Indiana Landmarks rescues Wabash historic home

The Albers House, located at 45 E. Sinclair St. in Wabash, is undergoing fašade renovations after being threatened with demolition last year. Indiana Landmarks, the organization behind the Wabash historic home’s rescue, hopes to fix for a new owner to later purchase and call home. Photo provided

By Emma Rausch

After withstanding nearly 170 years of weather and time, demolition loomed over Albers House last year. That was, at least, until Indiana Landmarks intervened.

Located at 45 E. Sinclair St. in Wabash, the pre-Civil War era residence, a two-and-a-half story brick and stone home, was built in only 10 days in 1848 by Phillip Albers and his brother, Jacob, according to Indiana Landmarks officials.

In 2016, due to years of wear and tear that damaged the structure’s roof, the Federal-style home faced being razed.

That’s when Indiana Landmarks stepped in.

“We’re a nonprofit organization (and) we’re all over the state of Indiana with nine offices,” Paul Hayden, director of the Northeast Field office, told The Paper of Wabash County. “We’re really involved in historic preservation of old buildings all over Indiana.

“Coincidentally, we opened our (Northeast Field) office (in Wabash) last year in March and we got notice almost the next day that this house was being threatened with demolition.”

When Hayden inspected the residence, he recounted that it was very substandard.

“It had been neglected and vacant for a number of years,” he explained. “What was important about the building is its social history to Wabash and its architectural kind of style.”

The Albers House structure is, simply put, unique.

The residence exhibits Federal-style features including a front fašade with a centered door between symmetrical windows and two side gables finished with matching chimneys. However, the home also features a raised stone foundation, which was typical to southern state homes of the era, not Indiana, according to a Indiana Landmarks press release.

In the southern states, the raised foundation allowed for cross ventilation to cool upper living spaces, but for Phillip Albers, the attribute served a different purpose.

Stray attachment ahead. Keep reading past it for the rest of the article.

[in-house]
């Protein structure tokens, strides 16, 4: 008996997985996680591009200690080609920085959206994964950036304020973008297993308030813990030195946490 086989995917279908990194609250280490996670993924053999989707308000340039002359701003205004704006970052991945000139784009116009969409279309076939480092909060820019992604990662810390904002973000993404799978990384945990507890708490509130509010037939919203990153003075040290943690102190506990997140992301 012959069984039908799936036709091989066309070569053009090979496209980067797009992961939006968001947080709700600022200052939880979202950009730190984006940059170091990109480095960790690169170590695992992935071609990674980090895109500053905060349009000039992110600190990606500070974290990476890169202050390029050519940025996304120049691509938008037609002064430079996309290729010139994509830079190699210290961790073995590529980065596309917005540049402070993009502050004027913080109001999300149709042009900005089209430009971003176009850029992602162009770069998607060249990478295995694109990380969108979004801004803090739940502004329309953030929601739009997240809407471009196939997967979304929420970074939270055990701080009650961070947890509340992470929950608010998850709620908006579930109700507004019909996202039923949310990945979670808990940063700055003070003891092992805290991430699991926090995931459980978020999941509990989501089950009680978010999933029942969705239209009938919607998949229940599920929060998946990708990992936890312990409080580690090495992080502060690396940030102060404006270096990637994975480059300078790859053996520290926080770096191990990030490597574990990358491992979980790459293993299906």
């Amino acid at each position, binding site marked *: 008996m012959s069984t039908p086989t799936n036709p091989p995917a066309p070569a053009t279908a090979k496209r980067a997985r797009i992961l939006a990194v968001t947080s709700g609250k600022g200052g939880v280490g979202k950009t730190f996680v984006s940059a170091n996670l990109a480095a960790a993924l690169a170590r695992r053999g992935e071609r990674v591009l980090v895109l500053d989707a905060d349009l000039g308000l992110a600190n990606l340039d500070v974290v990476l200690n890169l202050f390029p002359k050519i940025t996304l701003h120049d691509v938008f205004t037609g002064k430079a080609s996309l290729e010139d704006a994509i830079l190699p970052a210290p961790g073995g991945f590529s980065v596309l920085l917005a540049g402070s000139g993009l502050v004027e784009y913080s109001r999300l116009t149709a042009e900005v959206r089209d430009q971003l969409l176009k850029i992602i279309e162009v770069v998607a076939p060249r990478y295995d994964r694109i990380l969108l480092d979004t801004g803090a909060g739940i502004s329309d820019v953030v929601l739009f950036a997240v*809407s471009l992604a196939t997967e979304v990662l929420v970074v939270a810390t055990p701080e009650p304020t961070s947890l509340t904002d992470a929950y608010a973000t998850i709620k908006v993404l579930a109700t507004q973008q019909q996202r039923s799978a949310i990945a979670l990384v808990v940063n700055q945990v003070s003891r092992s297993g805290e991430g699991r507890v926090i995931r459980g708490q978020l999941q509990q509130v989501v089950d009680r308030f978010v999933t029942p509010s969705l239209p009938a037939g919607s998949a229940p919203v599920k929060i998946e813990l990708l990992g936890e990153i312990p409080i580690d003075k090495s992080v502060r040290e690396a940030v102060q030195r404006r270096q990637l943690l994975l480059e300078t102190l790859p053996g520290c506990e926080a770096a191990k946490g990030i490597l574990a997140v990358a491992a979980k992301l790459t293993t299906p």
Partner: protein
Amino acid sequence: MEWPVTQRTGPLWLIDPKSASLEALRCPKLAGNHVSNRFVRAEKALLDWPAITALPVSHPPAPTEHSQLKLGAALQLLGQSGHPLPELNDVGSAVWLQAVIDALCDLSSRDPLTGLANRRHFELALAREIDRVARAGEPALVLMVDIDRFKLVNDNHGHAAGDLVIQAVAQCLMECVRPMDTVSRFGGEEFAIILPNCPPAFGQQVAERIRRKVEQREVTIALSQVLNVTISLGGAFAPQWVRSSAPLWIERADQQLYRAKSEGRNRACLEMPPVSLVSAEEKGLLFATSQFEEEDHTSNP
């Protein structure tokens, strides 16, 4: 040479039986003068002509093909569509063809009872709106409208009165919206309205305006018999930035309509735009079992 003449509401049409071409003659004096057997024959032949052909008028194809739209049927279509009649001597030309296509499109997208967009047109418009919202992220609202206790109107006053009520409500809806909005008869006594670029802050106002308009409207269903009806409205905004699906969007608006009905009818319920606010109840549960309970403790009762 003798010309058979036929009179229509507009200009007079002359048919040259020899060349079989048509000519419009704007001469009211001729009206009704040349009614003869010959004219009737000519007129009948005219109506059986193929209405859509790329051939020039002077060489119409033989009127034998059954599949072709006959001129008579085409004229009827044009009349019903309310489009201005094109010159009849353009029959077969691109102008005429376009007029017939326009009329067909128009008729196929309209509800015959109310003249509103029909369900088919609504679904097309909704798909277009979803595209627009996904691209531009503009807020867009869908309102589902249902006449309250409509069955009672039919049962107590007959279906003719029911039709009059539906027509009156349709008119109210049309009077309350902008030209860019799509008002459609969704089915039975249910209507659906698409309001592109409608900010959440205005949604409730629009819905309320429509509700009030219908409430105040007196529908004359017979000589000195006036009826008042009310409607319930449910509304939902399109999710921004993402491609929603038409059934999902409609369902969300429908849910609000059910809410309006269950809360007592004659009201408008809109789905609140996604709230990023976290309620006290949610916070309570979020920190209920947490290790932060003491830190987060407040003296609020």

“Phillip took advantage of the tall foundation to turn the lower level of his home into a public house,” officials noted in the press release. “Outside the rear door, the family created a Bavarian-style beer garden where they served Phillip’s home brew in steins, along with sausage, smoked ham, knockwurst and sauerkraut, while musicians played German music.

“When a new depot was constructed directly behind their home, the Albers’ business grew. As his brewing skills became more refined, Phillip and a business partner founded Rettig & Albers, a full-scale brewery on the north side of (Wabash).”

Since its founding, the Albers House has never been modified or modernized, according to Hayden.

“While it was neglected, it was almost exactly as Mr. Albers built it in 1848, making it one of the oldest houses there in Wabash,” Hayden said. “So all of those things combined kind of overrode the fact that the house needed a fair amount of work. It was really important for the history of Wabash for someone to step in and save it.”

To avert the loss, Indiana Landmarks negotiated with the former owner that donated the property and the City of Wabash supplied funds previously marked for demolition to pay for the house’s new roof, according to officials.

The state organization intends to reopen the house for a homeowner to purchase, Hayden said, and hopefully it will be available on the market by the upcoming fall.

“So we’re doing that in phases and Phase One is we’re going to make the whole outside look pretty again,” he explained. “So when you pull up there, a person, a buyer could say, ‘Yeah I could live in that house,’ and then they could choose how to remodel the interior however they like.”

The next homeowners will have domain and opportunity to refurbish the inside how they see fit while maintaining the fašade to remain historically accurate, as per agreement with Indiana Landmarks, Hayden continued.

“Indiana Landmarks will have what is called a protect covenant of the building,” he said, “and what we’ll do is we’re using our money to restore the outside and this (agreement) then will require the person to maintain the outside in a way that’s original, and what that means is the brick that is there cannot be stuccoed over or the old windows that are there can’t be replaced with vinyl windows. … And we’ll be glad to advise on what’s appropriate remodeling-wise.

“But,” he later added, “we really want to attract an owner who cares about the history of this building as much as we have and wants to maintain that historic appearance.”

When the exterior’s renovations conclude, Hayden said that the organization will host an open house and allow the community to learn more about the home.

By taking over the residence, Indiana Landmarks hopes to lead by example and encourage historic preservation, according to Hayden.

“I think Wabash is fairly unique for a small community,” he said. “Your population is around 10,000 people and you have what we call a lot of historic resources, and that could mean commercial buildings in your downtown and houses out in the residential neighborhoods and I think its important that we support that.

“Wabash has done a great job playing up historic preservation as an asset and because we now have an office here, we want to support that.”

Posted on 2017 Jun 20